Aluminium (Al) toxicity is one of the main factors restricting barley production in acidic soils. The utilisation of barley cultivars tolerant to Al is one of the most economic strategies for expanding barley production in these soils. Among barley genotypes, the cultivar Dayton has been reported to exhibit the highest level of Al tolerance. The gene conferring Al tolerance in Dayton, Alp, has been mapped to the long arm of chromosome 4H using RFLP markers. However, such markers are not useful for routine marker-assisted selection in breeding programs due to the cost and labour associated with their use. To increase the ease by which marker-assisted selection can be conducted for Alp, we sought to identify microsatellite markers linked to this gene. Several such markers that flank Alp were identified in a mapping population from a cross between Dayton and Harlan Hybrid. The most tightly linked microsatellite markers, HVM68 and Bmag353, flank Alp and are 5.3 cM and 3.1 cM from this locus, respectively. The linkage between Bmag353 and Alp was validated in a separate F3 population derived from the cross between Dayton and F6ant28B48-16, where this microsatellite marker was found to predict the Al tolerance phenotype with over 95% accuracy. Allele diversity for the 3 most tightly linked microsatellite markers was evaluated among 40 barley genotypes currently used in Australian barley breeding programs. The high levels of polymorphism detected among the genotypes with the markers indicated that the microsatellite markers, especially Bmag353 and Bmac310, will be broadly useful for marker-assisted selection of Alp in breeding programs seeking to improve Al tolerance.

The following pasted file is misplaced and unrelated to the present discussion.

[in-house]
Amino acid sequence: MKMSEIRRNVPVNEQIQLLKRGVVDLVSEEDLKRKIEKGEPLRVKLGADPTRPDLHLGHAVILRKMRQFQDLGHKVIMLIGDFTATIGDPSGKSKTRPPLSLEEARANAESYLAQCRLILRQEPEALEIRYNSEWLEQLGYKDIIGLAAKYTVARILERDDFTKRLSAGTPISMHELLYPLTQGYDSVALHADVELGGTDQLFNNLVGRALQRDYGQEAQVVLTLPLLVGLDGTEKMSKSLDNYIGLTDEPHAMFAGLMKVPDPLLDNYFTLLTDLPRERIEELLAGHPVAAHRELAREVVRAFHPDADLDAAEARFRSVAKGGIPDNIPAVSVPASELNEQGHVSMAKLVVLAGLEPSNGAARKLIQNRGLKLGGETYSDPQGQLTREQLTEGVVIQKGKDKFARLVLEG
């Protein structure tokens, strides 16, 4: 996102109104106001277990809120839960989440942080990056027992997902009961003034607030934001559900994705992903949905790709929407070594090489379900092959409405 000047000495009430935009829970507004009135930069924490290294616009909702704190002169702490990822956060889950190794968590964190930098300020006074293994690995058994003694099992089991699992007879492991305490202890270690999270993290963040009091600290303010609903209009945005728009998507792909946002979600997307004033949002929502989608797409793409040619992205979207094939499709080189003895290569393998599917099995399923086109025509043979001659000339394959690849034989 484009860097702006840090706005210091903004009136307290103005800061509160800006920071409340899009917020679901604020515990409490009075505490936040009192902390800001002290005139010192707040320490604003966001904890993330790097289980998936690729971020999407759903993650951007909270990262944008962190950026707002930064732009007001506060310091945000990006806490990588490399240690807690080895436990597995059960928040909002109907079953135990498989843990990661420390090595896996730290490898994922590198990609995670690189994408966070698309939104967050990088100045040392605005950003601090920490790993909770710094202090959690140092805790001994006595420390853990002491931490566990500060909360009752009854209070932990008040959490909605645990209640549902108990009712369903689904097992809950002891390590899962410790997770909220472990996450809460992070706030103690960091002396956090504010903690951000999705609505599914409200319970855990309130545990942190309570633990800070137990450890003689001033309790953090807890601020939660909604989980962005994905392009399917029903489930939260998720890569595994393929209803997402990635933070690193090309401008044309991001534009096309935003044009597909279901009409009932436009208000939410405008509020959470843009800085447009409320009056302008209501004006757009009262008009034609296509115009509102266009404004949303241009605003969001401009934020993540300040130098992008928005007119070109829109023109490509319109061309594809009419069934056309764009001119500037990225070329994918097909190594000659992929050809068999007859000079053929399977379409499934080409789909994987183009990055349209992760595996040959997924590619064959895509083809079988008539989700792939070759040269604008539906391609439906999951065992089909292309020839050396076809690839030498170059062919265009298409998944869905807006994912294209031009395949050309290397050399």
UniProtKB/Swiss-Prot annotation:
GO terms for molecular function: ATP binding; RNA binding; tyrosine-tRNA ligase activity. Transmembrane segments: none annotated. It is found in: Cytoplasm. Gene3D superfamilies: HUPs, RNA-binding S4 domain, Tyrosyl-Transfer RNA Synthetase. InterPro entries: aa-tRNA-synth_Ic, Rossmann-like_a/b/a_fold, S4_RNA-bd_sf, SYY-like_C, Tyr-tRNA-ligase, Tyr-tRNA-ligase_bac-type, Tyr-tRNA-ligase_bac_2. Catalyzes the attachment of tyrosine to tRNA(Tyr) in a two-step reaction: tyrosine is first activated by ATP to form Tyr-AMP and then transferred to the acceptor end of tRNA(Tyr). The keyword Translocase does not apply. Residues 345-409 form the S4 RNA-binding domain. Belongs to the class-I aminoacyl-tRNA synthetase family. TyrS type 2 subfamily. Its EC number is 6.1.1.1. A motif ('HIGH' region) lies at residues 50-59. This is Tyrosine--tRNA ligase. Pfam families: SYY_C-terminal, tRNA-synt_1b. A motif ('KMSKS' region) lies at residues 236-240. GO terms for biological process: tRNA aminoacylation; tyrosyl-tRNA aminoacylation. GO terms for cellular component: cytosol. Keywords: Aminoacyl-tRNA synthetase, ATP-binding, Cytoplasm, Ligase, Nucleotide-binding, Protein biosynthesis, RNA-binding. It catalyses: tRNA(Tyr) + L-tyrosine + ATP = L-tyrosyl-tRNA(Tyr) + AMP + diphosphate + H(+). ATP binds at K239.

Raman, H., Karakousis, A., Moroni, J. S., Raman, R., Read, B. J., Garvin, D. F., Kochian, L. V., & Sorrells, M. E. (2003). Development and allele diversity of microsatellite markers linked to the aluminium tolerance gene Alp in barley. Crop and Pasture Science, 54(12), 1315-1321. https://doi.org/10.1071/AR02226